Finished up The Golden Ocean by Patrick O'Brian. I had to wait until the audiobook of Post Captain, Aubrey/Maturin Book 2, came in at the library, and so this "precursor novel" was available. And, like the Amazon review said, it was a great way to pass the time until the next Aubre/Maturin book.
O'Brian takes more time here to explain the strange naval terms and processes that are thrown around so casually in the main series.
I did get to see the DVD version of Master and Commander: The Far Side of the World finally. Crowe makes a great Aubrey--probably the perfect casting choice. I had pictured Maturin as an older man, maybe not Anthony Hopkins but close, and so Bettany was a change from expectations but now works well, esp. picturing them in their younger years, courting women and all that, in Post Captain.
Currently reading: Post Captain. Back to the series...
I've been playing with the Chuck Norris Random Fact Generator. Kind of a Comedy Central-meets-Hot or Not? site, it cranks out a random Chuck fact with every click.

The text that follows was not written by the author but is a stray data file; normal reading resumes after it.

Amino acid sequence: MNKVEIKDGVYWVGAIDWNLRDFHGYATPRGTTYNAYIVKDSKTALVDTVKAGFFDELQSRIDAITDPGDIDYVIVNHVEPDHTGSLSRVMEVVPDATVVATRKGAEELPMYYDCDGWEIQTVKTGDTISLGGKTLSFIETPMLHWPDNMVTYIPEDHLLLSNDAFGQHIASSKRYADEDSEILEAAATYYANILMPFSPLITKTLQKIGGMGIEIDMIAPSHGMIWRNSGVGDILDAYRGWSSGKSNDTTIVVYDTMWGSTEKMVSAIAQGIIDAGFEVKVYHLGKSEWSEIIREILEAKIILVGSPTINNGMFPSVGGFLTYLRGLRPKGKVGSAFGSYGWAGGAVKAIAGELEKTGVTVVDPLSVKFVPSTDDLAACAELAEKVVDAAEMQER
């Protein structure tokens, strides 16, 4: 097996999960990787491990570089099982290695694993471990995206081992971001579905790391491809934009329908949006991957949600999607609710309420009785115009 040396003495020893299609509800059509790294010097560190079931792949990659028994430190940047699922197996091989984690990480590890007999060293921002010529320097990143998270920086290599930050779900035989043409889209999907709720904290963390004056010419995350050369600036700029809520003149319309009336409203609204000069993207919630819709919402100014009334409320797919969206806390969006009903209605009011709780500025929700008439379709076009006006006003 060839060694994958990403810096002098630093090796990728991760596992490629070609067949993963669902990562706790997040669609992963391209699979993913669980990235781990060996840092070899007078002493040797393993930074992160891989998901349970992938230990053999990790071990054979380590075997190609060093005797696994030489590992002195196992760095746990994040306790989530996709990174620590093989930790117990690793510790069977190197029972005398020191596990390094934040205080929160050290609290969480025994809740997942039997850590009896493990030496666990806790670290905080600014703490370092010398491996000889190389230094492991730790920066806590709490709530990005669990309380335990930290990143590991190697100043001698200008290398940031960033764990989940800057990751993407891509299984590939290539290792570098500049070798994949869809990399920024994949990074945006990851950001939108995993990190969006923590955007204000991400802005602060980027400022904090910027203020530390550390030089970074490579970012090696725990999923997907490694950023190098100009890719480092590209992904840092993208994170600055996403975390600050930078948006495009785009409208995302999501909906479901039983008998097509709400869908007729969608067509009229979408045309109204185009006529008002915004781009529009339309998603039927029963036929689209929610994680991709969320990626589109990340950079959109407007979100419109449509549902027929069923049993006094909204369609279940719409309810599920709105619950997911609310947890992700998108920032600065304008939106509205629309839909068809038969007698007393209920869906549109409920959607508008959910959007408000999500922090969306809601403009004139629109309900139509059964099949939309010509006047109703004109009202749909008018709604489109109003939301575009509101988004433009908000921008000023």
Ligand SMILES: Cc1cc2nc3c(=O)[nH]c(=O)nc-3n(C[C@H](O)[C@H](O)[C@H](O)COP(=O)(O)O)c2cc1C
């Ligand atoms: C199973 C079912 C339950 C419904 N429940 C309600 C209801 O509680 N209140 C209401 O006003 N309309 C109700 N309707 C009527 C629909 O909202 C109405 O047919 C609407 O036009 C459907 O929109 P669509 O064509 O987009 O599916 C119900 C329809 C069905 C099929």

Most are just crap (and you can rate them so), but there are a few gems, like:
Chuck Norris once roundhouse kicked the earth, thus creating the hole in the ozone layer.
Every night at 8:00, a truck pulls up to Chuck Norris' house. In the truck are a bunch of orphans. For the next half-hour, Chuck Norris practices roundhouse kicks on the orphans while "It's a Hard Knock Life" plays in the background. At the end of the session, the orphans say "Thank you, Mr. Norris." in perfect unison, then march into the truck in silence.
I always thought Norris' fave kick was the hook or spinning back kick, but then again, "roundhouse" sounds funnier.
And then there's all the Chuck Norris nostalgia merchandise now:
I gotta get me one of these shirts.
In the meantime, I guess I'll just have to settle for one of the Top 5 Chuck Norris Movies.
I remember my first presentation at a big corporate show, and the coach the company hired to ensure us geeks would do ok up on the podium. Like I never thought it would be ok to stick your hand in your pocket when doing a big preso. Or that the size of your gestures had to be proportionate to the size of the room and audience. Kind of common sense now, but it was news to me back then.